Although my office building shouts midtown, and my job is very much a nine-to-five office type, our location skews slightly more Upper East Side. So, instead of endless cubicle drones crowding the streets all day, there are just as many tourists and shoppers flocking to Bloomingdale’s, patients making their way to all the private doctors’ offices, and nannies ferrying uniformed children to one of the many private schools in the vicinity. If I don’t head to Central Park for my lunchtime walk, I might weave among the blocks of townhouses and Park Avenue apartments, sometimes getting a nod from the doormen but barely ever, a glimpse into life beyond the windows.
Instead of a home, one of the townhouses contains what seems like a secret Jean-Georges Vongerichten restaurant, JoJo. I say secret because when people these days bring up Jean-Georges, it is usually in reference to ABC Kitchen, ABC Cocina, or his namesake restaurant. They are three places I have had excellent meals at despite shades of age and hype. But what’s this JoJo on the garden level of a townhouse in the east 60s? A prix fixe lunch for a friend’s birthday was an excuse to find out about what appears to be the elder statesmen of Jean-Georges’ NYC ventures.
With the exception of very good food, there is very little that connects JoJo with the other places I’ve tried. That’s not to say that Jean-Georges’ other restaurants are similar, but something about JoJo makes it feel like an outlier. Perhaps because it swings so far to the Upper East Side ladies-who-lunch/intimate old person dinner in food, appearance, and atmosphere. There is no theme to the food, no suggestion of Jean-Georges’ strong Asian leanings, and no moment where you look at the plates and glassware and think, I want to buy those. Which is totally fine, and I make no judgment on that. There is a place for restaurants that are good for bringing grandmothers to, that are quiet and intimate for girlfriend catchups, or that just put out consistent plates of food that you can rely on for something like a special work lunch. The dining area feels small, but there is a charm to the townhouse aspect. The service is not as refined as you might expect, but it is friendly and earnest.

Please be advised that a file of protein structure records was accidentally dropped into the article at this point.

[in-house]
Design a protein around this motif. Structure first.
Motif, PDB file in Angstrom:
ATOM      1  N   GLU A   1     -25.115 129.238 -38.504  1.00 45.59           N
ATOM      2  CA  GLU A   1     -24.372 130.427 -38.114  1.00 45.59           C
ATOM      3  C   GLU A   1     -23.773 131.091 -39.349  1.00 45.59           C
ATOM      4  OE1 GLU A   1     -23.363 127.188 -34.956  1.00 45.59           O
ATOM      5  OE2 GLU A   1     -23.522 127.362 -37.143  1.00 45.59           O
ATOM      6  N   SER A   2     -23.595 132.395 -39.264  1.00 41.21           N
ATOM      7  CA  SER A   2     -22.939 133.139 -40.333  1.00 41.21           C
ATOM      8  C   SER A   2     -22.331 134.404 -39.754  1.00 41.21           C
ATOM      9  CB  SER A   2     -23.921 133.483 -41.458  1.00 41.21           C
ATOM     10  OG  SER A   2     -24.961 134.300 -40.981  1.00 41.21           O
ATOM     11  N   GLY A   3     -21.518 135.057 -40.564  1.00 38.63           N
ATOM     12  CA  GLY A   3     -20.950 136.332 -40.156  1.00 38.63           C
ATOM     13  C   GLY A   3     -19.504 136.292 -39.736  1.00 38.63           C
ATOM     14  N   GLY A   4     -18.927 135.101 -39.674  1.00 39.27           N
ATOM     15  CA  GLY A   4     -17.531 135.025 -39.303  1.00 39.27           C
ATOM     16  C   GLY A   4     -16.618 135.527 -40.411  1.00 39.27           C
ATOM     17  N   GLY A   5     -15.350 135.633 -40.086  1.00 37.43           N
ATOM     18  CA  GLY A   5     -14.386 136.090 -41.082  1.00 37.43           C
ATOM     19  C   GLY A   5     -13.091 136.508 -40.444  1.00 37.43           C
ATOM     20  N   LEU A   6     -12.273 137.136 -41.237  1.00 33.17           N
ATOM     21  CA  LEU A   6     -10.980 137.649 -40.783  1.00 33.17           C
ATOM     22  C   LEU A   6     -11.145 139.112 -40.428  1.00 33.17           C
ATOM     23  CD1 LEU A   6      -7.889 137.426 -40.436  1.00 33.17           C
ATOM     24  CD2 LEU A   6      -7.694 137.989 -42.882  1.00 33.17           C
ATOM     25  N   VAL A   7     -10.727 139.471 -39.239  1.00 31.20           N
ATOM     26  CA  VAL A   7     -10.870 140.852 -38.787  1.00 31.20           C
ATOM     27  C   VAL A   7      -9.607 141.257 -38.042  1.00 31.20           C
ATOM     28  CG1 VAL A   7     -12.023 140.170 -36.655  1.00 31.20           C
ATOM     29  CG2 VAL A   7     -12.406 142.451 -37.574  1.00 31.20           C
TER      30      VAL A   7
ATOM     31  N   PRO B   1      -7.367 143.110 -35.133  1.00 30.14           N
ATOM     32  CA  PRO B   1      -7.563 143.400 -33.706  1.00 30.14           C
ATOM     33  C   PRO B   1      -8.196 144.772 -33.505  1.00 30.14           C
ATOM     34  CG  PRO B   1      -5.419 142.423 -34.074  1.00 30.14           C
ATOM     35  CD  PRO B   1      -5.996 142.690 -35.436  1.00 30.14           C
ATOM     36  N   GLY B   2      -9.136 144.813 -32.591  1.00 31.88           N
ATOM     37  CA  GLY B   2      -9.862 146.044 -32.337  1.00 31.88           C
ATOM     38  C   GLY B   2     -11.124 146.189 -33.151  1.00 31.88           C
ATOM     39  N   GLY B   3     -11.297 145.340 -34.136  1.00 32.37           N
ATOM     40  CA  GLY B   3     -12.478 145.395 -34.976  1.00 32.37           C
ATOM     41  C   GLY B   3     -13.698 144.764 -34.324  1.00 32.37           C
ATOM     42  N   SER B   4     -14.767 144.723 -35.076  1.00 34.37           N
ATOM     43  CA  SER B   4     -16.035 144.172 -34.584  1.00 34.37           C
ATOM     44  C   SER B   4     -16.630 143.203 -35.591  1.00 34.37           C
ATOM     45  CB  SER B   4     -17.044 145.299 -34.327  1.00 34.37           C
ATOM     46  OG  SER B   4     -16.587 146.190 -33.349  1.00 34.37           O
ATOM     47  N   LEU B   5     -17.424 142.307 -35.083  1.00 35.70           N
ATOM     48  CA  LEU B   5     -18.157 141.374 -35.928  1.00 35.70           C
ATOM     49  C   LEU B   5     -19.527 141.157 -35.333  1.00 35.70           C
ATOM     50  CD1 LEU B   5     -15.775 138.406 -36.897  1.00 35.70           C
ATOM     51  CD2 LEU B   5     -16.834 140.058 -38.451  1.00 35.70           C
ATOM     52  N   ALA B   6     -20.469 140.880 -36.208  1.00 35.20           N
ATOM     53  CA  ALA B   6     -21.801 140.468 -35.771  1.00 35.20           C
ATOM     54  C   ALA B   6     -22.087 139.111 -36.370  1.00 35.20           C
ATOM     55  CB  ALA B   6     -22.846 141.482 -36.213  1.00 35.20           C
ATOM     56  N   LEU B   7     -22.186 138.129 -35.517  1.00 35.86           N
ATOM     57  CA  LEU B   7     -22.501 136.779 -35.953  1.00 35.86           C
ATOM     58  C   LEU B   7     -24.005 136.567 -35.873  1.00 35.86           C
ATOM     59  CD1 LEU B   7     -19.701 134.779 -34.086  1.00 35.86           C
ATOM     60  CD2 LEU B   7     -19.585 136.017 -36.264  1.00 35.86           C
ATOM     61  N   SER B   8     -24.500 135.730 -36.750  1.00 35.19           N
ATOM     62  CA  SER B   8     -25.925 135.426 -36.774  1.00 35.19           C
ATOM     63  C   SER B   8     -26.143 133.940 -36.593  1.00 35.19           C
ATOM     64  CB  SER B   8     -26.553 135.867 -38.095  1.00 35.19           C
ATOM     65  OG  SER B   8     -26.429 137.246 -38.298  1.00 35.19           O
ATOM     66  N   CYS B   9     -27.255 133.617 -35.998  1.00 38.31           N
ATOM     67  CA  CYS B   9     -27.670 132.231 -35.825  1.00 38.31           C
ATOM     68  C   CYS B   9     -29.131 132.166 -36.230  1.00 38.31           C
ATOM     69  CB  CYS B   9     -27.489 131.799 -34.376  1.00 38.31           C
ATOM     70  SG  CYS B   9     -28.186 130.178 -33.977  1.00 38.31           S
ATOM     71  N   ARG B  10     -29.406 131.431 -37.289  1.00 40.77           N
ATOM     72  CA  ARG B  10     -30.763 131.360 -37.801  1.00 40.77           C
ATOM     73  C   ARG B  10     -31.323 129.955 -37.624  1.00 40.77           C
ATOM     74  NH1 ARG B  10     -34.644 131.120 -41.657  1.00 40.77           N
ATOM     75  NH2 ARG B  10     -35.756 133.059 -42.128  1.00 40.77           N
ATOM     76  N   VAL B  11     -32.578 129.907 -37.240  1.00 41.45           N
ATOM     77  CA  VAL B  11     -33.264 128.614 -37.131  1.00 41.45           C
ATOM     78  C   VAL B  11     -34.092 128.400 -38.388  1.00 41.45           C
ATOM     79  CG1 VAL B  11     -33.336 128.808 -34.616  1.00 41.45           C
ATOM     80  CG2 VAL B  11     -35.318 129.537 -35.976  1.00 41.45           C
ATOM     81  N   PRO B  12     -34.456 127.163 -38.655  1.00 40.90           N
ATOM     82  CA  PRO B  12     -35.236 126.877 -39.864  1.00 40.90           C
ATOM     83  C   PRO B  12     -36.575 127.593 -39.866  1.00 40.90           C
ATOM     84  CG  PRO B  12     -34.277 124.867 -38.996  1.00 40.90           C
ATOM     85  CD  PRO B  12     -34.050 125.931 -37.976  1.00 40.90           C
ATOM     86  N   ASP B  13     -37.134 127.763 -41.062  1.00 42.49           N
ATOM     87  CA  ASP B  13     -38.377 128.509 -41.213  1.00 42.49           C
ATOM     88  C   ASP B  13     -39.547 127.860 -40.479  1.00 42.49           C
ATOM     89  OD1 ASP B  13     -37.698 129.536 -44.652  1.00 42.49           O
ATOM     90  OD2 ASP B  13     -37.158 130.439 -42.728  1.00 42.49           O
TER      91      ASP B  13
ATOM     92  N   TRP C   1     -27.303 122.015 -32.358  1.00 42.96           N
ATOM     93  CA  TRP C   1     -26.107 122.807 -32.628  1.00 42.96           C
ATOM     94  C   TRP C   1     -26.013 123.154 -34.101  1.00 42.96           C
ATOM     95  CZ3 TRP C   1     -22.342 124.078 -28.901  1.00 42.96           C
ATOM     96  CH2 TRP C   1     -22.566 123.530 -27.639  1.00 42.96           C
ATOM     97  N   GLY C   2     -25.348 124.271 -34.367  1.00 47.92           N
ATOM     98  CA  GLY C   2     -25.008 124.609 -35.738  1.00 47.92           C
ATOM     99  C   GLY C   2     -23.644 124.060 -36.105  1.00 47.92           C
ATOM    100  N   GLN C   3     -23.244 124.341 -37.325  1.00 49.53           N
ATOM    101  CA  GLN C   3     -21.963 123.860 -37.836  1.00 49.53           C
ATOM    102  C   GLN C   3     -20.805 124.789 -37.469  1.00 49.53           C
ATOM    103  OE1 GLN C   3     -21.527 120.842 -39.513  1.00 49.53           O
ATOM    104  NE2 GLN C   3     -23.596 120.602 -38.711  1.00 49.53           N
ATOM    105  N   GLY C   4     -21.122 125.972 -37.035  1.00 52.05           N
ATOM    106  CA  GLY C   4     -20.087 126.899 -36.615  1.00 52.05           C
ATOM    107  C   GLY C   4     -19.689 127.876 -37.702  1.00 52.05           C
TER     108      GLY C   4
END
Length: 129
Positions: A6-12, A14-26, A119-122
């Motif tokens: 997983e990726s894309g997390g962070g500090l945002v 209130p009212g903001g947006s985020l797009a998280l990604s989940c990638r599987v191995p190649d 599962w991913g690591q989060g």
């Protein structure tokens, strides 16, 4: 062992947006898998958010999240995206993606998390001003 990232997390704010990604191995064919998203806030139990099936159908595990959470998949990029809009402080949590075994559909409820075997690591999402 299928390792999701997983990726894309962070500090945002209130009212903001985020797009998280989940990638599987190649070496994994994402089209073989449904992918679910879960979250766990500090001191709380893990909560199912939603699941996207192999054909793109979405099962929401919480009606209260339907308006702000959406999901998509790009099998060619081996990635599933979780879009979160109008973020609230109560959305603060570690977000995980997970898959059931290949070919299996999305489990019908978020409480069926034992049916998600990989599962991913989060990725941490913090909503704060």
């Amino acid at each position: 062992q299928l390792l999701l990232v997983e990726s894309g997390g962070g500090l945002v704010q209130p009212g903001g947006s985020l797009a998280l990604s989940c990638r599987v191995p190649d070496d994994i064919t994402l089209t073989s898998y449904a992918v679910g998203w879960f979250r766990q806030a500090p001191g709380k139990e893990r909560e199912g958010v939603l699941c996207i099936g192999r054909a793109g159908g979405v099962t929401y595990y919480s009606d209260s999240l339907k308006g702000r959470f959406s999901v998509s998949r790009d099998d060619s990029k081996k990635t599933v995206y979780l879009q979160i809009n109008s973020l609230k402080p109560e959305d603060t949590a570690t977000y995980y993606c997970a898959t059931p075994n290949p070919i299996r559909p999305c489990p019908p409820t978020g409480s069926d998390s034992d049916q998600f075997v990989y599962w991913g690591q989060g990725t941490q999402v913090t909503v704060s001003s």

Although the menu felt a little dated or uninspired, we had no complaints about the food. My soup was hot and poured tableside. It was a perfectly smooth puree of squash accented by diced squash cubes and mushrooms. Exactly the thing needed to take the chill off a cold day, and it was executed in such a way that reminded you that someone famous has their name attached to the kitchen.
The salmon was cooked to the as-suggested medium rare, and while that vinaigrette was the unfortunate colour of pavement, I didn’t let a drop stay on the plate. With the creamy mashed potatoes underneath the fish, there was a pseudo-gravy-Thanksgiving-dinner hedonism to working that vinaigrette into every bite.
The prix fixe dessert choices were not from the actual dessert menu and were rather boring in description, but they delivered in taste. My apple cake was super moist, and I loved the cinnamon ice cream. I would have been fine without the caramel and pepitas, but I understand their place. My grandmother probably wouldn’t have cared either, but she would have appreciated the effort.